In order to study our inner motivations for punishing one another, researchers used a series of games that allowed players to cheat. Each version of the game differed slightly in the amount of money that players could steal from each other. What they found wasn’t unpredictable by any means but interesting nonetheless:
In the first two versions of the game, where the decision to cheat didn’t lead to that player ending up with more money than the other, the decision to inflict punishment wasn’t determined by whether or not the other player had cheated. When the cheater made out better than the potential punisher, as was the case in the third version, however, that player was motivated to dole out punishment.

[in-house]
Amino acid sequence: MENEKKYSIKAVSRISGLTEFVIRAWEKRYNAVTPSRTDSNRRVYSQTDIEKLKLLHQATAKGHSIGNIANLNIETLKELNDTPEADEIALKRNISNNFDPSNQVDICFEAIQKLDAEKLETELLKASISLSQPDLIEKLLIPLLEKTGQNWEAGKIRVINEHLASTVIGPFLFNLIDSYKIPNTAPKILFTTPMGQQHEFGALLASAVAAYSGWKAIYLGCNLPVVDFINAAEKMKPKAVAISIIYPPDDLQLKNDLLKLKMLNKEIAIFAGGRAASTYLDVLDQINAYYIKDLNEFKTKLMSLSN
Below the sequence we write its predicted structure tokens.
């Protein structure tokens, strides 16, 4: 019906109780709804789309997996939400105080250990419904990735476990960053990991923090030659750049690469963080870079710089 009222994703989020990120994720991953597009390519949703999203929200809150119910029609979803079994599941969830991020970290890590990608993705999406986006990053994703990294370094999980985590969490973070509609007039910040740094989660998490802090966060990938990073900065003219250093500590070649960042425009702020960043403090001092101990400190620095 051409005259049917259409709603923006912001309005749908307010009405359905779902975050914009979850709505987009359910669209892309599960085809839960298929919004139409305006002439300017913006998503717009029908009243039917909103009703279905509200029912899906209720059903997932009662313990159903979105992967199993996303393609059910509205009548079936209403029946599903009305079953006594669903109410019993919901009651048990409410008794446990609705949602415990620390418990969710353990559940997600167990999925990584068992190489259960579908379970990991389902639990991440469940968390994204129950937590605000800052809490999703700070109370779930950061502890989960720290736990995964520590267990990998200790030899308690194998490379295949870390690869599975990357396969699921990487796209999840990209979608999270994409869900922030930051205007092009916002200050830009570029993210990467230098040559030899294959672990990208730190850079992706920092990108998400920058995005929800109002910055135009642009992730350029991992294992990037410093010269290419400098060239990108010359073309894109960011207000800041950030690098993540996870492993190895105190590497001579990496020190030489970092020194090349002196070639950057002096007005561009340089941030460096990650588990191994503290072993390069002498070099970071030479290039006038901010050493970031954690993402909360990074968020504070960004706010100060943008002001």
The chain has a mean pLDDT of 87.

The purpose of punishment, it would seem, is not to deter cheating, but rather to level the playing field. The subject’s actions demonstrated a belief in fairness, but not reciprocity, suggesting that the former may be the motive behind the desire to punish.
This study, to me at least, sheds more light on the way people interact within systems of power than the true motivations—emotional and pragmatic—behind unstructured punishment. In games it is easy to prevent, penalize, or keep peace. Outside the magic circle, though, justice is messy.
As children we were informed that the world isn’t fair. I wonder if our pursuit of punishment—particularly institutionalized punishment—is a vestige of some lost ideal, bittered and hardened over time.